Illustration: Aïda Amer/Axios
Headline economic indicators have hit their lowest levels since spring 2016 as the global economy sinks into a "synchronised stagnation" period, research by the Brookings Institution and the Financial Times published Sunday shows.
Why it matters: The Tracking Indexes for the Global Economic Recovery research shows weak growth in some major economies and "essentially no growth or even mild contraction" ahead of International Monetary Fund and World Bank meetings in Washington, D.C., this week — the first with Kristalina Georgieva as the IMF’s new managing director.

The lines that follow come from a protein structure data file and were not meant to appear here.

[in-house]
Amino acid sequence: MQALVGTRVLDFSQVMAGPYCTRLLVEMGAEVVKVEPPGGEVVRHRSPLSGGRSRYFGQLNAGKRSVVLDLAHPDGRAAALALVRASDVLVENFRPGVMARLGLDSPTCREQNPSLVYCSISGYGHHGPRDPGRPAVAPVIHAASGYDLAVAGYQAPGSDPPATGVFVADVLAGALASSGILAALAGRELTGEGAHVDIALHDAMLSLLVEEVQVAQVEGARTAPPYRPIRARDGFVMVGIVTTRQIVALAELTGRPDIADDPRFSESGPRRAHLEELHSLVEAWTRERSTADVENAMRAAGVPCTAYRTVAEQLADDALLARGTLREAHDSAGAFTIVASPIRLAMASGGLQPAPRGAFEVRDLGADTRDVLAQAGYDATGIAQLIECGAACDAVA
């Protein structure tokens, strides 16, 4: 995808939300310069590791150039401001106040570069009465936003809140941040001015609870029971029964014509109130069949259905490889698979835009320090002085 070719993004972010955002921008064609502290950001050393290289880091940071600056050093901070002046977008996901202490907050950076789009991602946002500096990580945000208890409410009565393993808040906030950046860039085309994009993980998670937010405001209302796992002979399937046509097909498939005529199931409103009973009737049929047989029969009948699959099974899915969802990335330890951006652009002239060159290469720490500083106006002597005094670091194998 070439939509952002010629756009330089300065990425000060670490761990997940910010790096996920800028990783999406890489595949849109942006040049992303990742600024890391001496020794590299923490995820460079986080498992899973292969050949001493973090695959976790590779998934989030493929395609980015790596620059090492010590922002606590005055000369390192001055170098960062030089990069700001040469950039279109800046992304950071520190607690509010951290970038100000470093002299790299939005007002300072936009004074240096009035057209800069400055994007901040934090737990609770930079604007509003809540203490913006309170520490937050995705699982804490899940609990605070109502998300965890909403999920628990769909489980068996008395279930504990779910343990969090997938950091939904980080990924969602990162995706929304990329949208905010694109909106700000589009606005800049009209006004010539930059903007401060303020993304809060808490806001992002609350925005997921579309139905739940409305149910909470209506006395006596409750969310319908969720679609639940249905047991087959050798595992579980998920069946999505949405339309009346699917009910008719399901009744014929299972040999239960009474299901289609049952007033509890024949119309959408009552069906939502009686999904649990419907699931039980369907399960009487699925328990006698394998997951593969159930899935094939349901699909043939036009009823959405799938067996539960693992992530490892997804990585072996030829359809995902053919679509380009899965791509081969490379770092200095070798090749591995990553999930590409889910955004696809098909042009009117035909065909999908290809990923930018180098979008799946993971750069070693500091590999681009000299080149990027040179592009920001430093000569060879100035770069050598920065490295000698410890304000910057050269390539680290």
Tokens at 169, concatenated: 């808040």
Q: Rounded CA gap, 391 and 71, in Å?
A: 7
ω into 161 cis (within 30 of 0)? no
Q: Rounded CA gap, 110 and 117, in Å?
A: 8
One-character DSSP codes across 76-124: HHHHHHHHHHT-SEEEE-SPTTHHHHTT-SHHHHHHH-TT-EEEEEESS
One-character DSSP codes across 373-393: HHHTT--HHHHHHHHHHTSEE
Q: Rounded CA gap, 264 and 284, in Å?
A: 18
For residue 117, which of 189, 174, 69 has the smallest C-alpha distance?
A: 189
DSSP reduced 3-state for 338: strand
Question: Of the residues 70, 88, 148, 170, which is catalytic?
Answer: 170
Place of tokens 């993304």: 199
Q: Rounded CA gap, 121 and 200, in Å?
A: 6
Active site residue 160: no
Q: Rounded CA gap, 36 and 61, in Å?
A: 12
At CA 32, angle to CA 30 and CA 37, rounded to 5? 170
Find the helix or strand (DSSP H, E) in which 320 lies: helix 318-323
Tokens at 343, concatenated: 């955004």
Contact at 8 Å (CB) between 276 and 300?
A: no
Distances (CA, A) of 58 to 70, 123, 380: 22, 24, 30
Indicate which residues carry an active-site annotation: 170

- The findings build on similar gloomy outlooks from the International Monetary Fund and the Institute of International Finance, which on Thursday lowered its growth forecast for 2019.
The big picture: Georgieva warned this month that the global economy "is now in a synchronized slowdown." The IMF now expects slower growth in 90% of the world and that "growth this year will fall to its lowest rate since the beginning of the decade."
- Per Axios' Dion Rabouin, "The IMF and World Bank ... said they expect to write down their 2019 growth projections again — the third downward revision this year — at their meetings next week."
Yes, but: IIF deputy chief economist Elina Ribakova told Axios the organization remains upbeat on the outlook despite its revision, and it expects central banks to "continue easing against the backdrop of slowing growth and assume no further deterioration in trade tensions."
Read the Brookings data analysis: